Feverfew, or Chrysanthemum parthenium, is a traditional medicinal herb which is found in many old gardens. It is becoming more popular around the Bluegrass Region, so look for it at your local nursery or herb supplier. The plant grows into a small bush up to 18 in high with citrus-scented leaves, and is covered by flowers that look like tiny daisies. It spreads rapidly, and they will cover a wide area after a few years.
The word "Feverfew" derives from the Latin word febrifugia, meaning "fever reducer." The plant has been used as an herbal treatment to:
• Feverfew has been used for centuries for fevers, headaches, stomach aches, toothaches, insect bites, infertility, and problems with menstruation and with labor during childbirth.
• Recently, Feverfew has been used for migraine headaches and rheumatoid arthritis.
• Feverfew has also been used for psoriasis, allergies, asthma, tinnitus (ringing or roaring sounds in the ears), dizziness, nausea, and vomiting.
HOW TO USE FEVERFEW: The dried leaves—and sometimes flowers and stems—of Feverfew are used to make supplements, including capsules, tablets, and liquid extracts. The leaves are sometimes eaten fresh.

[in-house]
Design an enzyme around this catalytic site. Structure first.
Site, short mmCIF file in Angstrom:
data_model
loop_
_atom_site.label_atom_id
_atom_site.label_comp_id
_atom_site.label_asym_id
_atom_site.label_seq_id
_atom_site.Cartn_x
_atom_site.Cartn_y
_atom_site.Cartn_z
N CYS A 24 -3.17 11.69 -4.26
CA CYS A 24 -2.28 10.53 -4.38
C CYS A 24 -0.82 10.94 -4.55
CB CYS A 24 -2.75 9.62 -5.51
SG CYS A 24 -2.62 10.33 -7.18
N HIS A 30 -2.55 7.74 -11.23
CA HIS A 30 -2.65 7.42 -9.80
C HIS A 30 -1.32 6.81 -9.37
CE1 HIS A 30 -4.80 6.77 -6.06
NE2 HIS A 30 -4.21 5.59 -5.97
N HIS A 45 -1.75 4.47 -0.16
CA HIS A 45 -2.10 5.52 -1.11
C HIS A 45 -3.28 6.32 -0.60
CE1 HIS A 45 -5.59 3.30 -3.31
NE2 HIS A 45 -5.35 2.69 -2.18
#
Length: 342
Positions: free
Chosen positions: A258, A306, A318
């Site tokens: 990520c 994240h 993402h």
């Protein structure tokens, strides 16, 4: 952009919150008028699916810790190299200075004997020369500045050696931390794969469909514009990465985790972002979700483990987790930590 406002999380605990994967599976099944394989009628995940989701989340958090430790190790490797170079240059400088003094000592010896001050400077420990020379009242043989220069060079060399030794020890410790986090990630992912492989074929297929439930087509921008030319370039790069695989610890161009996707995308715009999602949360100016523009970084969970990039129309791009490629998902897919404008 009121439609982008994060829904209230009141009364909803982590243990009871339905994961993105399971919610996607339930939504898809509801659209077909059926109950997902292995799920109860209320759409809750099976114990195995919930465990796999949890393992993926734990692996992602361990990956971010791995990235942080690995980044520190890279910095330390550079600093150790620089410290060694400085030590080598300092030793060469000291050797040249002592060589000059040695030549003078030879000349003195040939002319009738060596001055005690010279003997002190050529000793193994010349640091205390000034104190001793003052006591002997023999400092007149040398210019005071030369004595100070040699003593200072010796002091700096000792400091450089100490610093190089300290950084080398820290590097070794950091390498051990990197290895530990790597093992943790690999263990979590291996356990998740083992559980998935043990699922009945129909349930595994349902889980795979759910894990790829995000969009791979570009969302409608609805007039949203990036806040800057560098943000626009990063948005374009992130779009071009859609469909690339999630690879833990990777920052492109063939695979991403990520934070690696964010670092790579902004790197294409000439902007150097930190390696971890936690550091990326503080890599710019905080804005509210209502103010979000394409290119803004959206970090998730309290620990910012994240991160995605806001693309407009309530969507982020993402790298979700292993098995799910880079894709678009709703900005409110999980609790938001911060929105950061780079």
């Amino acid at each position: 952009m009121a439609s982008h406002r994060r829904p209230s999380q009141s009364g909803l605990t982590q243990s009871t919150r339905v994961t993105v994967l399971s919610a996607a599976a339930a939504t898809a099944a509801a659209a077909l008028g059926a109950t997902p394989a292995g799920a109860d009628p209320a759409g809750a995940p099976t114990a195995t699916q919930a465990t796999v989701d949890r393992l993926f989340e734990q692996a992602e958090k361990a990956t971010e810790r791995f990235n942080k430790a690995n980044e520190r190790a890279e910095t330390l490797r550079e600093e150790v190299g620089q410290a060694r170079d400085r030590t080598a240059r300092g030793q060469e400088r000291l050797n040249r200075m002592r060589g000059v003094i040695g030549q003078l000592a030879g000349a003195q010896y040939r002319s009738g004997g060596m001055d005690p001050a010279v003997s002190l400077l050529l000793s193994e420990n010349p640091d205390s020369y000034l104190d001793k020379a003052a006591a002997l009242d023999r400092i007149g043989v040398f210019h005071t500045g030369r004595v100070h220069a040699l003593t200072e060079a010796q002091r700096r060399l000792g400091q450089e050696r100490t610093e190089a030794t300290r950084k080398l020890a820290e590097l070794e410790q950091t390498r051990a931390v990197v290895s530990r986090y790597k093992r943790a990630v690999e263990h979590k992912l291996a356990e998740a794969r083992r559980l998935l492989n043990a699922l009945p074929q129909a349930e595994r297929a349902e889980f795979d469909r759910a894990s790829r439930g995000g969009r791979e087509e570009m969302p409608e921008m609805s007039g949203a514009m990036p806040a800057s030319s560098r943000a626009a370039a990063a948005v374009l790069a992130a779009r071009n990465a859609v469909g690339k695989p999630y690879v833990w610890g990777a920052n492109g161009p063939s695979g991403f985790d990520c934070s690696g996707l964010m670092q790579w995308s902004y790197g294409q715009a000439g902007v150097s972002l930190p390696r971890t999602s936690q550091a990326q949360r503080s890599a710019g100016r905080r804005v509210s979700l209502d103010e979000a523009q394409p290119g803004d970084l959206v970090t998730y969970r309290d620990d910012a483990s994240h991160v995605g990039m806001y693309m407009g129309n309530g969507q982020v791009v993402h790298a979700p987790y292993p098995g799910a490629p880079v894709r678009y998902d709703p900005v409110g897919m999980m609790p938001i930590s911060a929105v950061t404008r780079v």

SIDE EFFECTS: Long-term use of Feverfew followed by abrupt discontinuation may induce a withdrawal syndrome featuring rebound headaches and muscle and joint pains. Feverfew can cause allergic reactions, including contact dermatitis. Other side effects have included gastrointestinal upset such as nausea, vomiting, abdominal pain, diarrhea, and flatulence. When the herb is chewed or taken orally it can cause mouth ulcers and swelling and numbness of the mouth.
CAUTION: Feverfew should not be taken by pregnant women. It may interact with blood thinners and increase the risk of bleeding, and may also interact with a variety of medications metabolized by the liver.
NOTE: Do not take any herbal or alternative medications without first talking with your healthcare provider. This article does not assume responsibility for anyone not following this advice.